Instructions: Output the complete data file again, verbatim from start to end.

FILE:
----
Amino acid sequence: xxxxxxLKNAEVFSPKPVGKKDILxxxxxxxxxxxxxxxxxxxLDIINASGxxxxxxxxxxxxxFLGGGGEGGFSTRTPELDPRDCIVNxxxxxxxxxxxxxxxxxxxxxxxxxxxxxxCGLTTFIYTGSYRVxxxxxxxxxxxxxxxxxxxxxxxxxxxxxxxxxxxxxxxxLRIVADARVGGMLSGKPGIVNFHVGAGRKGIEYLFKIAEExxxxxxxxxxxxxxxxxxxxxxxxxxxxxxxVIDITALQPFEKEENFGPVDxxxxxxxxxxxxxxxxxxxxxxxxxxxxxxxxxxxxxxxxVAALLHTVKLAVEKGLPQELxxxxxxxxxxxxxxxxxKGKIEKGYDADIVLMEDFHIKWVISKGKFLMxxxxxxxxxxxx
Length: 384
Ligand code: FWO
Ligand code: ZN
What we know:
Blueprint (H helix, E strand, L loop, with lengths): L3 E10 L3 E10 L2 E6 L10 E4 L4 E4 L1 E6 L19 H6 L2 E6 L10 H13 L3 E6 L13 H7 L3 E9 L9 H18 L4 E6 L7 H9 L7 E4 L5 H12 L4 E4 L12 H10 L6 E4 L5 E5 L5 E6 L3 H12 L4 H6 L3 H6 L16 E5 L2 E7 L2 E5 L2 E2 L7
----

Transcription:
Amino acid sequence: xxxxxxLKNAEVFSPKPVGKKDILxxxxxxxxxxxxxxxxxxxLDIINASGxxxxxxxxxxxxxFLGGGGEGGFSTRTPELDPRDCIVNxxxxxxxxxxxxxxxxxxxxxxxxxxxxxxCGLTTFIYTGSYRVxxxxxxxxxxxxxxxxxxxxxxxxxxxxxxxxxxxxxxxxLRIVADARVGGMLSGKPGIVNFHVGAGRKGIEYLFKIAEExxxxxxxxxxxxxxxxxxxxxxxxxxxxxxxVIDITALQPFEKEENFGPVDxxxxxxxxxxxxxxxxxxxxxxxxxxxxxxxxxxxxxxxxVAALLHTVKLAVEKGLPQELxxxxxxxxxxxxxxxxxKGKIEKGYDADIVLMEDFHIKWVISKGKFLMxxxxxxxxxxxx
Length: 384
Ligand code: FWO
Ligand code: ZN
What we know:
Blueprint (H helix, E strand, L loop, with lengths): L3 E10 L3 E10 L2 E6 L10 E4 L4 E4 L1 E6 L19 H6 L2 E6 L10 H13 L3 E6 L13 H7 L3 E9 L9 H18 L4 E6 L7 H9 L7 E4 L5 H12 L4 E4 L12 H10 L6 E4 L5 E5 L5 E6 L3 H12 L4 H6 L3 H6 L16 E5 L2 E7 L2 E5 L2 E2 L7